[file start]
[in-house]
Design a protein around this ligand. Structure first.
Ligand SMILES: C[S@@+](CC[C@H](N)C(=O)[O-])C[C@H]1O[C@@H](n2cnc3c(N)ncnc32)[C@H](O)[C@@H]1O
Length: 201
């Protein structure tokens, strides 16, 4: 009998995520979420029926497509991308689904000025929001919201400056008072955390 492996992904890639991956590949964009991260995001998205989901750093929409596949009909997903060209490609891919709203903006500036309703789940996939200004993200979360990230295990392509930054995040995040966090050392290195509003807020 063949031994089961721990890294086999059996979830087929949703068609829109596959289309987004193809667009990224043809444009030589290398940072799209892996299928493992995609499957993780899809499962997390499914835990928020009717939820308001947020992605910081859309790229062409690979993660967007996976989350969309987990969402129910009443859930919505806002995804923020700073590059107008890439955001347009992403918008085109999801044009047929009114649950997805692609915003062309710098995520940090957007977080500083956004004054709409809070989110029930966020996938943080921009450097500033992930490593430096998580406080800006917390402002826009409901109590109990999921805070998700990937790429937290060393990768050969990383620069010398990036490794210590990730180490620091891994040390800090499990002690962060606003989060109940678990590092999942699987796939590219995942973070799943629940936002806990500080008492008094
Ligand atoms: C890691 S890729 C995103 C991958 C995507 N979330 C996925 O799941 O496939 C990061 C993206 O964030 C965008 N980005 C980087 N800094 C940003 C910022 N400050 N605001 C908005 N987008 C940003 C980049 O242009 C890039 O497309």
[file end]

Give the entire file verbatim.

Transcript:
[in-house]
Design a protein around this ligand. Structure first.
Ligand SMILES: C[S@@+](CC[C@H](N)C(=O)[O-])C[C@H]1O[C@@H](n2cnc3c(N)ncnc32)[C@H](O)[C@@H]1O
Length: 201
């Protein structure tokens, strides 16, 4: 009998995520979420029926497509991308689904000025929001919201400056008072955390 492996992904890639991956590949964009991260995001998205989901750093929409596949009909997903060209490609891919709203903006500036309703789940996939200004993200979360990230295990392509930054995040995040966090050392290195509003807020 063949031994089961721990890294086999059996979830087929949703068609829109596959289309987004193809667009990224043809444009030589290398940072799209892996299928493992995609499957993780899809499962997390499914835990928020009717939820308001947020992605910081859309790229062409690979993660967007996976989350969309987990969402129910009443859930919505806002995804923020700073590059107008890439955001347009992403918008085109999801044009047929009114649950997805692609915003062309710098995520940090957007977080500083956004004054709409809070989110029930966020996938943080921009450097500033992930490593430096998580406080800006917390402002826009409901109590109990999921805070998700990937790429937290060393990768050969990383620069010398990036490794210590990730180490620091891994040390800090499990002690962060606003989060109940678990590092999942699987796939590219995942973070799943629940936002806990500080008492008094
Ligand atoms: C890691 S890729 C995103 C991958 C995507 N979330 C996925 O799941 O496939 C990061 C993206 O964030 C965008 N980005 C980087 N800094 C940003 C910022 N400050 N605001 C908005 N987008 C940003 C980049 O242009 C890039 O497309």